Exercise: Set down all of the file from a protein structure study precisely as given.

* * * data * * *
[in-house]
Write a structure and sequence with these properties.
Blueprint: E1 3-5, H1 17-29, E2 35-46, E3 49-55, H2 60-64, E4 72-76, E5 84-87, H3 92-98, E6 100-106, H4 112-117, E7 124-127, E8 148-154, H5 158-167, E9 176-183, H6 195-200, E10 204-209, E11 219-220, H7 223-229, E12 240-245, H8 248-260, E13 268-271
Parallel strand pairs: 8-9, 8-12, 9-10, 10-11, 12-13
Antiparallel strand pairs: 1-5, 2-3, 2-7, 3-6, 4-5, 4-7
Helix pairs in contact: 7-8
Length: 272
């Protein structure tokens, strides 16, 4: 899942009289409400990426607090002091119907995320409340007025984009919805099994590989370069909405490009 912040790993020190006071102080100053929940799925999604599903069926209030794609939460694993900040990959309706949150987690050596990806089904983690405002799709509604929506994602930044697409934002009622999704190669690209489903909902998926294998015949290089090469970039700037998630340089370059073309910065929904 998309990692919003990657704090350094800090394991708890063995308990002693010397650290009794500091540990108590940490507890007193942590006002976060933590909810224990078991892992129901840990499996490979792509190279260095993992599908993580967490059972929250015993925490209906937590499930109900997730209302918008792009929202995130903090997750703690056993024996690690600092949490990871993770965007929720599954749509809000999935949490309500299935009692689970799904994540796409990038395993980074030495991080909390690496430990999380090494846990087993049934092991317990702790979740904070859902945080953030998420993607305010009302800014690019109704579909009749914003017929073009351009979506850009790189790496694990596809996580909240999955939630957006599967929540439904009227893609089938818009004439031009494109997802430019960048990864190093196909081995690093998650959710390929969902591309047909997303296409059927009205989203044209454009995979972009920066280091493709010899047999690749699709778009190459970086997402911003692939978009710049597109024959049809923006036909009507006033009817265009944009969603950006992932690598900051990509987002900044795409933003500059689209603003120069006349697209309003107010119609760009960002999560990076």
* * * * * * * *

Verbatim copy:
[in-house]
Write a structure and sequence with these properties.
Blueprint: E1 3-5, H1 17-29, E2 35-46, E3 49-55, H2 60-64, E4 72-76, E5 84-87, H3 92-98, E6 100-106, H4 112-117, E7 124-127, E8 148-154, H5 158-167, E9 176-183, H6 195-200, E10 204-209, E11 219-220, H7 223-229, E12 240-245, H8 248-260, E13 268-271
Parallel strand pairs: 8-9, 8-12, 9-10, 10-11, 12-13
Antiparallel strand pairs: 1-5, 2-3, 2-7, 3-6, 4-5, 4-7
Helix pairs in contact: 7-8
Length: 272
């Protein structure tokens, strides 16, 4: 899942009289409400990426607090002091119907995320409340007025984009919805099994590989370069909405490009 912040790993020190006071102080100053929940799925999604599903069926209030794609939460694993900040990959309706949150987690050596990806089904983690405002799709509604929506994602930044697409934002009622999704190669690209489903909902998926294998015949290089090469970039700037998630340089370059073309910065929904 998309990692919003990657704090350094800090394991708890063995308990002693010397650290009794500091540990108590940490507890007193942590006002976060933590909810224990078991892992129901840990499996490979792509190279260095993992599908993580967490059972929250015993925490209906937590499930109900997730209302918008792009929202995130903090997750703690056993024996690690600092949490990871993770965007929720599954749509809000999935949490309500299935009692689970799904994540796409990038395993980074030495991080909390690496430990999380090494846990087993049934092991317990702790979740904070859902945080953030998420993607305010009302800014690019109704579909009749914003017929073009351009979506850009790189790496694990596809996580909240999955939630957006599967929540439904009227893609089938818009004439031009494109997802430019960048990864190093196909081995690093998650959710390929969902591309047909997303296409059927009205989203044209454009995979972009920066280091493709010899047999690749699709778009190459970086997402911003692939978009710049597109024959049809923006036909009507006033009817265009944009969603950006992932690598900051990509987002900044795409933003500059689209603003120069006349697209309003107010119609760009960002999560990076």